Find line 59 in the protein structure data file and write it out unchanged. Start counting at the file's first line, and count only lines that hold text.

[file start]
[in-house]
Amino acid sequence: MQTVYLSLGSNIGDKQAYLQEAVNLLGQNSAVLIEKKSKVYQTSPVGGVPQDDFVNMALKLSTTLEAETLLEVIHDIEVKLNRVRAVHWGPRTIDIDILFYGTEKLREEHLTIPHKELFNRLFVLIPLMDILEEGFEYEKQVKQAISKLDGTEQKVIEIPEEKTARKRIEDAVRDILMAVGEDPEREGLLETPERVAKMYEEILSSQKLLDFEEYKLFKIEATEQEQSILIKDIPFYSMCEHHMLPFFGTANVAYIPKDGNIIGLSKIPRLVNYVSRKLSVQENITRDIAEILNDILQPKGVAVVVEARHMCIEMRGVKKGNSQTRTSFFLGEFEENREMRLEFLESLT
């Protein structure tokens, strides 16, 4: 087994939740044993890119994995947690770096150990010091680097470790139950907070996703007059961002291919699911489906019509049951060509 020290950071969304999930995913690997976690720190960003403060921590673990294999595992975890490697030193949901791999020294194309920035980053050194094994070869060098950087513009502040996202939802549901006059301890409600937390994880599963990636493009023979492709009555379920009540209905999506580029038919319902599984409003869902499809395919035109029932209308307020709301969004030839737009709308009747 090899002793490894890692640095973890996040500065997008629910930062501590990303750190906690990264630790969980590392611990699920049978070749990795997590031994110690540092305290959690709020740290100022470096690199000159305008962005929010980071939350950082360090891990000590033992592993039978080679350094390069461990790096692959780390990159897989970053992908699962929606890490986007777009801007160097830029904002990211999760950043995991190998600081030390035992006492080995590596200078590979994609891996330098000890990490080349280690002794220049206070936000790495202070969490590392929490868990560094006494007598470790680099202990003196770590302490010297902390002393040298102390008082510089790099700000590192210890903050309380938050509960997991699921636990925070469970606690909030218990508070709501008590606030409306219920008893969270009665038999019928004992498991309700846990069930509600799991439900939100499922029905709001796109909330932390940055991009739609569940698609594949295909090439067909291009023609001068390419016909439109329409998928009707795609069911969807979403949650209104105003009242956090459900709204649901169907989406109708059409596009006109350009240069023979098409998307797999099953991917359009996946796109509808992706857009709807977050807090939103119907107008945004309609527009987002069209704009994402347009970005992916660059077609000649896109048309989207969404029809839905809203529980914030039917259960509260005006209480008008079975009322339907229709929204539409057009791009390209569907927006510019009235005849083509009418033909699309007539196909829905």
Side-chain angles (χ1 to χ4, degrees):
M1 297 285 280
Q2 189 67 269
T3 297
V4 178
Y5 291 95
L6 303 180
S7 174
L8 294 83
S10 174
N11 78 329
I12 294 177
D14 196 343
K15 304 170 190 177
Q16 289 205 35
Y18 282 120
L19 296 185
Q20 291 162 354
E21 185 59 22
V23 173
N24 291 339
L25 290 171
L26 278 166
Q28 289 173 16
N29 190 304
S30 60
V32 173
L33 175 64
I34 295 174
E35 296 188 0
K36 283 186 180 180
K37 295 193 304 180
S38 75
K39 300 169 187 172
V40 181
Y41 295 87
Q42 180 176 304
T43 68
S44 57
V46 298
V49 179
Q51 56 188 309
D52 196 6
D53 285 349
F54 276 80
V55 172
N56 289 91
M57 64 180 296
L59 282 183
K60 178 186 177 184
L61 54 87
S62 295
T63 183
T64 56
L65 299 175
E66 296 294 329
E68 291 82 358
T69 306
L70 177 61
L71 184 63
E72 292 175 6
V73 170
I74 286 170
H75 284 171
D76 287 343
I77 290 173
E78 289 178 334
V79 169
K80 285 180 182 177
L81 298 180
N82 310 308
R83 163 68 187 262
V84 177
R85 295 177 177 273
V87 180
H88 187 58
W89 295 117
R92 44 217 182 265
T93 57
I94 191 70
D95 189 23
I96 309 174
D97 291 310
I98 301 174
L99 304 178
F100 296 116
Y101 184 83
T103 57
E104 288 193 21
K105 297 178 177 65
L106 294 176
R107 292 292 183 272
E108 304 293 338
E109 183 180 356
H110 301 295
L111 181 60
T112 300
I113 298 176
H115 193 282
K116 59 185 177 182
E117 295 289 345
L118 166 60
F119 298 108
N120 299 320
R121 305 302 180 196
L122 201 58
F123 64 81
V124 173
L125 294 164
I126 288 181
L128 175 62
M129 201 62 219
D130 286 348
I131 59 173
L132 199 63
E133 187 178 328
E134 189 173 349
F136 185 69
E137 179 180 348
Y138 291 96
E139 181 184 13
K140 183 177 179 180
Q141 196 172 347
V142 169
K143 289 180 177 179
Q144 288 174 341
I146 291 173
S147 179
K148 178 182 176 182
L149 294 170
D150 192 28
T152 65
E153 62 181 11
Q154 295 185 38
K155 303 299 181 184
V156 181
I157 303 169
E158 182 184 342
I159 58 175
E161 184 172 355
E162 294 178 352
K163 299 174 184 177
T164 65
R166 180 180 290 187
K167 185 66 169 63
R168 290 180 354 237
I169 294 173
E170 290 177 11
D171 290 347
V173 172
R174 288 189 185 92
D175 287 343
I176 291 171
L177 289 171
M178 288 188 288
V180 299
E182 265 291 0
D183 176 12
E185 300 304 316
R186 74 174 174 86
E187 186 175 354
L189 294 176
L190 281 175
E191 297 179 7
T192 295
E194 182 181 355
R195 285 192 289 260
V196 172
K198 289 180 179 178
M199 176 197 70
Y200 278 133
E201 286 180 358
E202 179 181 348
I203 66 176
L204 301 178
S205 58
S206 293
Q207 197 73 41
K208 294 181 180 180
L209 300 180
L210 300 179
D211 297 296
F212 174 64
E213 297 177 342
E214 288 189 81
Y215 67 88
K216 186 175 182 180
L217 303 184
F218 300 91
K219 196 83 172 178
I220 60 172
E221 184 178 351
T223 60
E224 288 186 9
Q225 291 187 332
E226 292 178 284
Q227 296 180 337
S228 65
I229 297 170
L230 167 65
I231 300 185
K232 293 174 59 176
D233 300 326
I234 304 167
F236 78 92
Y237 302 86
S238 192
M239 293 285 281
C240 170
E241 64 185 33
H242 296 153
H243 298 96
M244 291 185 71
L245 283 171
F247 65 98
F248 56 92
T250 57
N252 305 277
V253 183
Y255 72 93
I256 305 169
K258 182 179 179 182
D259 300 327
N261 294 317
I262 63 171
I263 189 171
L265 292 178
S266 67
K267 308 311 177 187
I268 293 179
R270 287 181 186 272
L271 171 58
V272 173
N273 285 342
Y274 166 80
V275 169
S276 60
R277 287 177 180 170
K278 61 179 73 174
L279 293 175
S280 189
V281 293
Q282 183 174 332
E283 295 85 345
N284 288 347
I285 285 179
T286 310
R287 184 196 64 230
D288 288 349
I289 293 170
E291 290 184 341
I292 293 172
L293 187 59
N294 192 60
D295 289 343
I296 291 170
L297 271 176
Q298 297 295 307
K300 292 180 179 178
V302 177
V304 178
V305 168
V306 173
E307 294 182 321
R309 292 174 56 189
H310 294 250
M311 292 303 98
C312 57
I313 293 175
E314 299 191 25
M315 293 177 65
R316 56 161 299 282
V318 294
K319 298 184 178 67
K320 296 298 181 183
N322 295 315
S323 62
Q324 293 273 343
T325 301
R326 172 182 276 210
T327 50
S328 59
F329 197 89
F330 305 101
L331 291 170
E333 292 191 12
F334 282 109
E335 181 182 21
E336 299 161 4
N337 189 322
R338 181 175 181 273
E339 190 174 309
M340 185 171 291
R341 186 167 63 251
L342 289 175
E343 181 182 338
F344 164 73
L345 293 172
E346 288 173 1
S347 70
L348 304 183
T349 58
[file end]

E66 296 294 329